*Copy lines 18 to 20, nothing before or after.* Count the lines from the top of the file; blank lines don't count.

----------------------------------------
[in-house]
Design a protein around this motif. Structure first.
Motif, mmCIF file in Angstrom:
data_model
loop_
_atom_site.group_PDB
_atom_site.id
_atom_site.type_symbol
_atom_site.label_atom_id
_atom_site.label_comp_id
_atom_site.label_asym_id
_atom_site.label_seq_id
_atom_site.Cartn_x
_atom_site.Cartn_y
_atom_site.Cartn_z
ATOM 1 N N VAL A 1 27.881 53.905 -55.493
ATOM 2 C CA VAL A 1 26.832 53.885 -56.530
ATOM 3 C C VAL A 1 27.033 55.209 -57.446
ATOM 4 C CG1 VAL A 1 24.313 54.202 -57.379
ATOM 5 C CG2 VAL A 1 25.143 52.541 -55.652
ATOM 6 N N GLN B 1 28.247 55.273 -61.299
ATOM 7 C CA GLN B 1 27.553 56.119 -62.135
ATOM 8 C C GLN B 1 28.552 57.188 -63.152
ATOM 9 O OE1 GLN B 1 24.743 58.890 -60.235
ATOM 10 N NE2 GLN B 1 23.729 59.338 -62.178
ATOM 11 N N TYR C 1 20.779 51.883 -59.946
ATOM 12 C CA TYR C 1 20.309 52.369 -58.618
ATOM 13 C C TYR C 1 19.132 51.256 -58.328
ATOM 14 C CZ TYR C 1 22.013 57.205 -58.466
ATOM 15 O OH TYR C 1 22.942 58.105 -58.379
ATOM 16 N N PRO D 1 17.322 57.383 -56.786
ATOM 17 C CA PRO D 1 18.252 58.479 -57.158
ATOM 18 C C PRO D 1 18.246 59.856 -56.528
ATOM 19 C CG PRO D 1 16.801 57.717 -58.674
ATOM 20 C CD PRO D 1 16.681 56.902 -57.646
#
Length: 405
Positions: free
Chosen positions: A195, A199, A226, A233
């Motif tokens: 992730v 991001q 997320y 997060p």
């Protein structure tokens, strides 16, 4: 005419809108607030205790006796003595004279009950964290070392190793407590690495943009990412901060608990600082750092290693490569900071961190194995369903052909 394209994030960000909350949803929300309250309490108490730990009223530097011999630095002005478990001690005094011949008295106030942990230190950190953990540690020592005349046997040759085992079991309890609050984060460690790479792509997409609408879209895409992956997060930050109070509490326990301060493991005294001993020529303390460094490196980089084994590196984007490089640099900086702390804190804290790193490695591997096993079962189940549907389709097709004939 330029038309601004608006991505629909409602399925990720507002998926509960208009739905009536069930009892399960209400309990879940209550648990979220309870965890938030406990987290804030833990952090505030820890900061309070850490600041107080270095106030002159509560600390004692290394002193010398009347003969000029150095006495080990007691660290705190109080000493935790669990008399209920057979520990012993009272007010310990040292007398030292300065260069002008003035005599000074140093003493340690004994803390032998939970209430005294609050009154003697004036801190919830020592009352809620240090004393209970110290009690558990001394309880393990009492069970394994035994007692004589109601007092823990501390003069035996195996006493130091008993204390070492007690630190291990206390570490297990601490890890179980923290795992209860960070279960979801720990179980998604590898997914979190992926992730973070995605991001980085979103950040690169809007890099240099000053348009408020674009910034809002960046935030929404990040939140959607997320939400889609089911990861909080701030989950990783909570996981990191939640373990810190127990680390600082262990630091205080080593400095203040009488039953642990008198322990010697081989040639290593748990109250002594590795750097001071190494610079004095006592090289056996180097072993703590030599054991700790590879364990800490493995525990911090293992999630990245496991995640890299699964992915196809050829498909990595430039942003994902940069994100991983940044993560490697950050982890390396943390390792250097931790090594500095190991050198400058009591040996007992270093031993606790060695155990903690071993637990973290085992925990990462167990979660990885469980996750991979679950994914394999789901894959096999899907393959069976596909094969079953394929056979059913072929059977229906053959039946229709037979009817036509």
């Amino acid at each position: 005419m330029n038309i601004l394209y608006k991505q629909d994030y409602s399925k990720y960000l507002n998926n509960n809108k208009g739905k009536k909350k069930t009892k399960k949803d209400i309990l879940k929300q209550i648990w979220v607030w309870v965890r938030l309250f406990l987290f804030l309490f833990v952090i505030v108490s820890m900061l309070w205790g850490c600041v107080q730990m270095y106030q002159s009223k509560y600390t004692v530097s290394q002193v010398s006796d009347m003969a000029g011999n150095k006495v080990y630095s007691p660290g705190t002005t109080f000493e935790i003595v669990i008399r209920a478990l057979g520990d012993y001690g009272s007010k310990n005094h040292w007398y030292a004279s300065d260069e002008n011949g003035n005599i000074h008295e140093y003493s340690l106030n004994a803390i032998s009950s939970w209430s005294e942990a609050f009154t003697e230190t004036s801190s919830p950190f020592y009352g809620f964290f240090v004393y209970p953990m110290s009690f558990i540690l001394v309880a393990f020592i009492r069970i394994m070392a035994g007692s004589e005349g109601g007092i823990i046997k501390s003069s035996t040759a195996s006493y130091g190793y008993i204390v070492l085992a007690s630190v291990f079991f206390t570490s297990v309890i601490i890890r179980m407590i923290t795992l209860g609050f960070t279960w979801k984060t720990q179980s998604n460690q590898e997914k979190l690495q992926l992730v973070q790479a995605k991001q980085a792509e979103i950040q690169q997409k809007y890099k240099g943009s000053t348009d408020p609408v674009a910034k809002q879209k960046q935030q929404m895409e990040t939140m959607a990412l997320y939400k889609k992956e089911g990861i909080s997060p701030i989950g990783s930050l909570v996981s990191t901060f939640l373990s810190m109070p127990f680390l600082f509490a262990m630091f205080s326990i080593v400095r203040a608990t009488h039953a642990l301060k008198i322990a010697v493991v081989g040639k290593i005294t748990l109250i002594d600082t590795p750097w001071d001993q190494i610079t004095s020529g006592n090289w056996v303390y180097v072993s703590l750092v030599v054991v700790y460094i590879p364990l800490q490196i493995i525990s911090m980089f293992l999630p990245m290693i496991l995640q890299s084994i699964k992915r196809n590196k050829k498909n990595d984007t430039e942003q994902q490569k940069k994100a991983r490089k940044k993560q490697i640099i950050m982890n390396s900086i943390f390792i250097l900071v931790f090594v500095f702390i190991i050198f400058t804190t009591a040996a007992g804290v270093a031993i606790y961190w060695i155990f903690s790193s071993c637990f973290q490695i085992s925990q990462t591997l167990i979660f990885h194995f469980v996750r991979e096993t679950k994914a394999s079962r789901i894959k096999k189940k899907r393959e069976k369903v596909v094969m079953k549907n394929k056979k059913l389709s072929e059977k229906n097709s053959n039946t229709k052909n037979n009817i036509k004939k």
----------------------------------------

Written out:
ATOM 3 C C VAL A 1 27.033 55.209 -57.446
ATOM 4 C CG1 VAL A 1 24.313 54.202 -57.379
ATOM 5 C CG2 VAL A 1 25.143 52.541 -55.652